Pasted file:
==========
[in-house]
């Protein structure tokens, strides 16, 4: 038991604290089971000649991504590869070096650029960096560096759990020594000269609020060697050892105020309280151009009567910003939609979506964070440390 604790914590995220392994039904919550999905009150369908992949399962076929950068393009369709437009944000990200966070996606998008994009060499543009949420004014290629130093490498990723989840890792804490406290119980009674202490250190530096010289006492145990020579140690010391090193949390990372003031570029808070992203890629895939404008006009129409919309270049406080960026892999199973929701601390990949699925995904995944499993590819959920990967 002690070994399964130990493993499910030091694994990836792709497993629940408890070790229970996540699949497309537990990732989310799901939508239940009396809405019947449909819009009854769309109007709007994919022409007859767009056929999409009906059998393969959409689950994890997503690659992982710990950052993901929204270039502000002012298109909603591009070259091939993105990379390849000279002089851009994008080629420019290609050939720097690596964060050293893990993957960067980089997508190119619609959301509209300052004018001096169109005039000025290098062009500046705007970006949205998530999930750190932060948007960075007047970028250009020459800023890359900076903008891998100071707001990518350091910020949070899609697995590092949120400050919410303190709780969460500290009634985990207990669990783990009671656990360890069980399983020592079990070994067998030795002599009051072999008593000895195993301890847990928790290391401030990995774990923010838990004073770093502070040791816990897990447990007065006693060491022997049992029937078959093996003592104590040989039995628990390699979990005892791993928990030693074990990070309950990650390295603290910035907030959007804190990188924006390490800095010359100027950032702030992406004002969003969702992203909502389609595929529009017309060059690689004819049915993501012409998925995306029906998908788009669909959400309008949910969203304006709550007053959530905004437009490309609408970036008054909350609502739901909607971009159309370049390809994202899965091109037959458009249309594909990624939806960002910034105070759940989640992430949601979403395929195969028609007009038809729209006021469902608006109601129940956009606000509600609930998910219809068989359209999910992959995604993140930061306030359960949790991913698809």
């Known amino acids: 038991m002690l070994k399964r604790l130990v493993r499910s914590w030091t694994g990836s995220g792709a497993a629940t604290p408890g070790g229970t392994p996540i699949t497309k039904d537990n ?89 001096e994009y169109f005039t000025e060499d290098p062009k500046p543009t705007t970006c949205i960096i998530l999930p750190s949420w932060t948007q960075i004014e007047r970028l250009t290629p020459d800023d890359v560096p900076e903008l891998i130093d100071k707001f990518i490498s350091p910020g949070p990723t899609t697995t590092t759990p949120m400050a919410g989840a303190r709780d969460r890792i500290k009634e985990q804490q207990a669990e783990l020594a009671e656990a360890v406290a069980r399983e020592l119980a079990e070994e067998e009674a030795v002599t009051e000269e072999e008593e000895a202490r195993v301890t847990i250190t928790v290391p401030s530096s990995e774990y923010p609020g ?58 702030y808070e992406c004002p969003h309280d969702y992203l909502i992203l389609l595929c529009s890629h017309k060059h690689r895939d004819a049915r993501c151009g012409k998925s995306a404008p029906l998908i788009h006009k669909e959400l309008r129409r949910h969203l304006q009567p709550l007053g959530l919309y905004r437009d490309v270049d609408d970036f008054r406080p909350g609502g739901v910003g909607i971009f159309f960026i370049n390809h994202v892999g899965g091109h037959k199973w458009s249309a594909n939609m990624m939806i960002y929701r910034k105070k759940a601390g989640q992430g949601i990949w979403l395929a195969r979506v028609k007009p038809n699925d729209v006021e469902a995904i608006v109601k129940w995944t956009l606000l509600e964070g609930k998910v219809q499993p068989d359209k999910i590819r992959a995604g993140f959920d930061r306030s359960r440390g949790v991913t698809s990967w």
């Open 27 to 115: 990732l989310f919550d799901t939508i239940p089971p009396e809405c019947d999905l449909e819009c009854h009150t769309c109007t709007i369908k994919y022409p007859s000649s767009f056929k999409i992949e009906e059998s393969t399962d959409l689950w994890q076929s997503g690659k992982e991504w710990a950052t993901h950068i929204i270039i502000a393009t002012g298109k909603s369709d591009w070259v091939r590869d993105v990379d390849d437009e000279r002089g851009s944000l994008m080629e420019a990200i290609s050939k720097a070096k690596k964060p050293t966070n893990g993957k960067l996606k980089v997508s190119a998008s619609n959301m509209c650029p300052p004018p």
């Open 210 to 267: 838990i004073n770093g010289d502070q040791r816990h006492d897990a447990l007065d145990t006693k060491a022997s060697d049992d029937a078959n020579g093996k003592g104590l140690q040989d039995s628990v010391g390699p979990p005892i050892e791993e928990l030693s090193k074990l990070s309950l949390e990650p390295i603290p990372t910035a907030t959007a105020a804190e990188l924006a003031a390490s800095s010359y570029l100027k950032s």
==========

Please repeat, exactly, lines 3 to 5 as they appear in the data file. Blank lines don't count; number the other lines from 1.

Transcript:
């Known amino acids: 038991m002690l070994k399964r604790l130990v493993r499910s914590w030091t694994g990836s995220g792709a497993a629940t604290p408890g070790g229970t392994p996540i699949t497309k039904d537990n ?89 001096e994009y169109f005039t000025e060499d290098p062009k500046p543009t705007t970006c949205i960096i998530l999930p750190s949420w932060t948007q960075i004014e007047r970028l250009t290629p020459d800023d890359v560096p900076e903008l891998i130093d100071k707001f990518i490498s350091p910020g949070p990723t899609t697995t590092t759990p949120m400050a919410g989840a303190r709780d969460r890792i500290k009634e985990q804490q207990a669990e783990l020594a009671e656990a360890v406290a069980r399983e020592l119980a079990e070994e067998e009674a030795v002599t009051e000269e072999e008593e000895a202490r195993v301890t847990i250190t928790v290391p401030s530096s990995e774990y923010p609020g ?58 702030y808070e992406c004002p969003h309280d969702y992203l909502i992203l389609l595929c529009s890629h017309k060059h690689r895939d004819a049915r993501c151009g012409k998925s995306a404008p029906l998908i788009h006009k669909e959400l309008r129409r949910h969203l304006q009567p709550l007053g959530l919309y905004r437009d490309v270049d609408d970036f008054r406080p909350g609502g739901v910003g909607i971009f159309f960026i370049n390809h994202v892999g899965g091109h037959k199973w458009s249309a594909n939609m990624m939806i960002y929701r910034k105070k759940a601390g989640q992430g949601i990949w979403l395929a195969r979506v028609k007009p038809n699925d729209v006021e469902a995904i608006v109601k129940w995944t956009l606000l509600e964070g609930k998910v219809q499993p068989d359209k999910i590819r992959a995604g993140f959920d930061r306030s359960r440390g949790v991913t698809s990967w």
């Open 27 to 115: 990732l989310f919550d799901t939508i239940p089971p009396e809405c019947d999905l449909e819009c009854h009150t769309c109007t709007i369908k994919y022409p007859s000649s767009f056929k999409i992949e009906e059998s393969t399962d959409l689950w994890q076929s997503g690659k992982e991504w710990a950052t993901h950068i929204i270039i502000a393009t002012g298109k909603s369709d591009w070259v091939r590869d993105v990379d390849d437009e000279r002089g851009s944000l994008m080629e420019a990200i290609s050939k720097a070096k690596k964060p050293t966070n893990g993957k960067l996606k980089v997508s190119a998008s619609n959301m509209c650029p300052p004018p």
């Open 210 to 267: 838990i004073n770093g010289d502070q040791r816990h006492d897990a447990l007065d145990t006693k060491a022997s060697d049992d029937a078959n020579g093996k003592g104590l140690q040989d039995s628990v010391g390699p979990p005892i050892e791993e928990l030693s090193k074990l990070s309950l949390e990650p390295i603290p990372t910035a907030t959007a105020a804190e990188l924006a003031a390490s800095s010359y570029l100027k950032s």